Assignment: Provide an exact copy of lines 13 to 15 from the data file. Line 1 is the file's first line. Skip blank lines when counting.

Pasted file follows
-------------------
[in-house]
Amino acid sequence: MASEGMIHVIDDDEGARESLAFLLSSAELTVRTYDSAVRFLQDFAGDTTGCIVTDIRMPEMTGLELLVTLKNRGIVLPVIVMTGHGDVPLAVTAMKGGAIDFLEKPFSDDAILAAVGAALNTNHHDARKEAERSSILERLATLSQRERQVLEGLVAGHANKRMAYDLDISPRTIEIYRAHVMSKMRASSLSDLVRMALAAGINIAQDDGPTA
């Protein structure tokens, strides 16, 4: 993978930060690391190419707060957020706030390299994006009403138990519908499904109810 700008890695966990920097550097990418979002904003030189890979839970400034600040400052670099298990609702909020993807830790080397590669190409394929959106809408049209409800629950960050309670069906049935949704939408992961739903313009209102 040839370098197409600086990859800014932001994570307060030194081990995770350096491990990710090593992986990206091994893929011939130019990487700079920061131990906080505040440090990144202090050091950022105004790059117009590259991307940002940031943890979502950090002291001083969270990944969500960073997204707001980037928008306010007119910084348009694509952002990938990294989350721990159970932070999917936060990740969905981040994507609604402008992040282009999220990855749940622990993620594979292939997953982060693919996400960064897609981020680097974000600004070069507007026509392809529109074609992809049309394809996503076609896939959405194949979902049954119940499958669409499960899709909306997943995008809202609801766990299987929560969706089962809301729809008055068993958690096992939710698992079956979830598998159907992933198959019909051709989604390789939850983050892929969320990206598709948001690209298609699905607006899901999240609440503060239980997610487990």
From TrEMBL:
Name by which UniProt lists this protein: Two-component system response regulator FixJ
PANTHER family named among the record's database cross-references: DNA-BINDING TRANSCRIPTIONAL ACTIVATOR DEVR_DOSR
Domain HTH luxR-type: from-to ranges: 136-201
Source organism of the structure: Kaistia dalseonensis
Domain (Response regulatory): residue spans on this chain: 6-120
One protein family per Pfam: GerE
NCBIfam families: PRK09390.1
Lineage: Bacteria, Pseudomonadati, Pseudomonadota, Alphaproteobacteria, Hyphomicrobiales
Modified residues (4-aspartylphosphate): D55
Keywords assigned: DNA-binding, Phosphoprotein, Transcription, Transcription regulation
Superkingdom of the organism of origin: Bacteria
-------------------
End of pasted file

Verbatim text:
Modified residues (4-aspartylphosphate): D55
Keywords assigned: DNA-binding, Phosphoprotein, Transcription, Transcription regulation
Superkingdom of the organism of origin: Bacteria